The Apicomplexa—the phylum to which Plasmodium belongs—are thought to have originated within the Dinoflagellates, a large group of photosynthetic protozoa. It is thought that the ancestors of the Apicomplexa were originally prey organisms that evolved the ability to invade the intestinal cells and subsequently lost their photosynthetic ability. Some extant Dinoflagellates, however, can invade the bodies of jellyfish and continue to photosynthesize, which is possible because jellyfish bodies are almost transparent. In other organisms with opaque bodies this ability would most likely rapidly be lost.
It is thought that Plasmodium evolved from a parasite spread by the fecal-oral route which infected the intestinal wall. At some point this parasite evolved the ability to infect the liver. This pattern is seen in the genus Cryptosporidium, to which Plasmodium is distantly related. At some later point this ancestor developed the ability to infect blood cells and to survive and infect mosquitoes. Plasmodium subsequently evolved a mechanism to invade the salivary glands of mosquitoes, allowing for transmission from mosquito to host. Once mosquito transmission was firmly established, the previous fecal-oral route was lost within the Plasmodium genus.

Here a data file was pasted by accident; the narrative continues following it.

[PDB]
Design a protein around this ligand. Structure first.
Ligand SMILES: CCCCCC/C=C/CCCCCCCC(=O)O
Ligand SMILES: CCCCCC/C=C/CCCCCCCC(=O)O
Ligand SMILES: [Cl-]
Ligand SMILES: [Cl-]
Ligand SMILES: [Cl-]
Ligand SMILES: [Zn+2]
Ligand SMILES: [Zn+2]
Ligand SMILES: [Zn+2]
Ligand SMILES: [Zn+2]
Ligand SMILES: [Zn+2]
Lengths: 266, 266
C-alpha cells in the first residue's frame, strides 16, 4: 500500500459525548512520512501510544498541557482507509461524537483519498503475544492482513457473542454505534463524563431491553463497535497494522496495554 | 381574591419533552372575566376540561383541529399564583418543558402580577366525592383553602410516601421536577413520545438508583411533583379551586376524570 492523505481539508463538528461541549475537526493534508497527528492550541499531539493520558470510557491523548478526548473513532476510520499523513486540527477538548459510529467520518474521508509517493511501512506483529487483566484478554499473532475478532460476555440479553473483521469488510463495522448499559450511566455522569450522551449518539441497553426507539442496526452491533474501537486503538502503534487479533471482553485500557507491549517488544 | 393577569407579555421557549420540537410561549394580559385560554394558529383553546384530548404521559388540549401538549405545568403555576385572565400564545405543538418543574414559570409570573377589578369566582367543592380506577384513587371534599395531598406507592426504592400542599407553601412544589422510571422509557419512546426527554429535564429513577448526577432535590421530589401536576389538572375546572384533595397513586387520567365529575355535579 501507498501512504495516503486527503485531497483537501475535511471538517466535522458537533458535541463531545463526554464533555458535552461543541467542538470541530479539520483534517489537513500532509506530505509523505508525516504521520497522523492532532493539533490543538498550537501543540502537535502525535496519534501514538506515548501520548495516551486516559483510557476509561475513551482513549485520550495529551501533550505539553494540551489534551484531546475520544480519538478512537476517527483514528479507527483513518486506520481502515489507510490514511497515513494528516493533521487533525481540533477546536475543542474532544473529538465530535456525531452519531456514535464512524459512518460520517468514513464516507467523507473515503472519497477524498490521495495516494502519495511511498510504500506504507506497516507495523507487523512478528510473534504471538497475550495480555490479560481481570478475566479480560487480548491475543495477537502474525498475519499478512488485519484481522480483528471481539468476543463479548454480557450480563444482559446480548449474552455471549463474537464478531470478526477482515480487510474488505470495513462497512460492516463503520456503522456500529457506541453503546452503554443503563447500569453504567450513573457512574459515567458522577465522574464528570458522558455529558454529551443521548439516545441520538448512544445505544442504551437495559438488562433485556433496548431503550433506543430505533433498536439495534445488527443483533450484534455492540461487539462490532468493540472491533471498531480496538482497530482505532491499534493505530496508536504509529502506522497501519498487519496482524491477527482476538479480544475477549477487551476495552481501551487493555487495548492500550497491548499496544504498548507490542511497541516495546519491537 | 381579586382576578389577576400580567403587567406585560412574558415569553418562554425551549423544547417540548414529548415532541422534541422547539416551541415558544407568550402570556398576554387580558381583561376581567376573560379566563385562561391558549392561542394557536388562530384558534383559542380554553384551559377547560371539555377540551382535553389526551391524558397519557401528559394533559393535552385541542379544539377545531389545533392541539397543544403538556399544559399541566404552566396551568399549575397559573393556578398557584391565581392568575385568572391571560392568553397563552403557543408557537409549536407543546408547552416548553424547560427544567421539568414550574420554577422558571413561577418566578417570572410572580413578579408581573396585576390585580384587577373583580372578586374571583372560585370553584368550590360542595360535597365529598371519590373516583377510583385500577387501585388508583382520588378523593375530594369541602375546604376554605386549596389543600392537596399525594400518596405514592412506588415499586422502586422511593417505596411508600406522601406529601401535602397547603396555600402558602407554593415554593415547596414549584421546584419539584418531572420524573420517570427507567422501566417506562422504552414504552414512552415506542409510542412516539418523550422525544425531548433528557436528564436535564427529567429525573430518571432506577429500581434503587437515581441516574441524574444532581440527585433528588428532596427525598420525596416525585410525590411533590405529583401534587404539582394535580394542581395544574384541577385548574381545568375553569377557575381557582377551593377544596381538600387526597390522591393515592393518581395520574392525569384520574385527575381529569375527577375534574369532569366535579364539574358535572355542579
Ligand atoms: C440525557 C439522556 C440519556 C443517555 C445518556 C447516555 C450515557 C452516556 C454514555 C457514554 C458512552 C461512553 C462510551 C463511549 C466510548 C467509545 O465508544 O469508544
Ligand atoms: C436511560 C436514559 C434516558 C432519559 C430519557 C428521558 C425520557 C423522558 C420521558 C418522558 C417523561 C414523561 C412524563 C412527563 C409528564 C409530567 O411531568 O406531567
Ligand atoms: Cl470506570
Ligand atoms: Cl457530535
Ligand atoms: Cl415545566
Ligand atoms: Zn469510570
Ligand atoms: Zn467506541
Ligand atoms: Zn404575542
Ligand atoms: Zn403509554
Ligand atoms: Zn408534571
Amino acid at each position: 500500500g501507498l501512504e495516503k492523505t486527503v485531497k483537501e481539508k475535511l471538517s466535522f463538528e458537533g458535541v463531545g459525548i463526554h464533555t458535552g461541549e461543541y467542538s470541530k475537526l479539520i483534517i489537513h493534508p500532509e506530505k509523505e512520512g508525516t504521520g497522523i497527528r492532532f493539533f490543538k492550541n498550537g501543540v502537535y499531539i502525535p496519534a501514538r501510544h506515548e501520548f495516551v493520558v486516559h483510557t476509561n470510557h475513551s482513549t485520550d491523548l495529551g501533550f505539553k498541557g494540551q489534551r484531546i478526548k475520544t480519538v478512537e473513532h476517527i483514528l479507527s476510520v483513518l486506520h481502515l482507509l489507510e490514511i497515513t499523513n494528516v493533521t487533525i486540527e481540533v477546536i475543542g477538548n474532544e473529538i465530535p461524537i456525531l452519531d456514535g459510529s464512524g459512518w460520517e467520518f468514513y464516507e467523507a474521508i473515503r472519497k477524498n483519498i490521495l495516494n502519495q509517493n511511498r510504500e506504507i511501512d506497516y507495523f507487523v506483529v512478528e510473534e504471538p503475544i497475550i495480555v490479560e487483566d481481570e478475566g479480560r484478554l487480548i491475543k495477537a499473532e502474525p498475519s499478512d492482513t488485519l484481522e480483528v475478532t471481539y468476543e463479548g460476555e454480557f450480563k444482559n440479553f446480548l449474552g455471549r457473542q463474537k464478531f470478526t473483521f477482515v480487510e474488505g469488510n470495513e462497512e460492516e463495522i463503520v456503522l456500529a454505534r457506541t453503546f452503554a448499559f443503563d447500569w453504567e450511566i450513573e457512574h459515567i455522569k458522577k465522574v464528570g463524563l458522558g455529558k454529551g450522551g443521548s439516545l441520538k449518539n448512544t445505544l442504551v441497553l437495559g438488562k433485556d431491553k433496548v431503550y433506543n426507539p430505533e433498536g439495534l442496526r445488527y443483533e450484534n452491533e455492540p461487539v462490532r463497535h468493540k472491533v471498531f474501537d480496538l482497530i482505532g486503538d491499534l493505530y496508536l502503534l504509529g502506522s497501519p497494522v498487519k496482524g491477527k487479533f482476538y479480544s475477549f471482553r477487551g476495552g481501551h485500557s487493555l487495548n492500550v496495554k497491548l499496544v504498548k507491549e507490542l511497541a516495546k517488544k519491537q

The survivorship and relative fitness of mosquitoes are not adversely affected by Plasmodium infection which indicates the importance of vector fitness in shaping the evolution of Plasmodium. Plasmodium has evolved the capability to manipulate mosquito feeding behavior. Mosquitoes harboring Plasmodium have a higher propensity to bite than uninfected mosquitoes. This tendency has facilitated the spread of Plasmodium to the various hosts.
Plasmodium evolved about 130 million years ago. This period coincided with the rapid spread of the angiosperms (flowering plants). This expansion in the angiosperms is thought to be due to at least one genomic duplication event. It seems probable that the increase in the number of flowers led to an increase in the number of mosquitoes and their contact with vertebrates.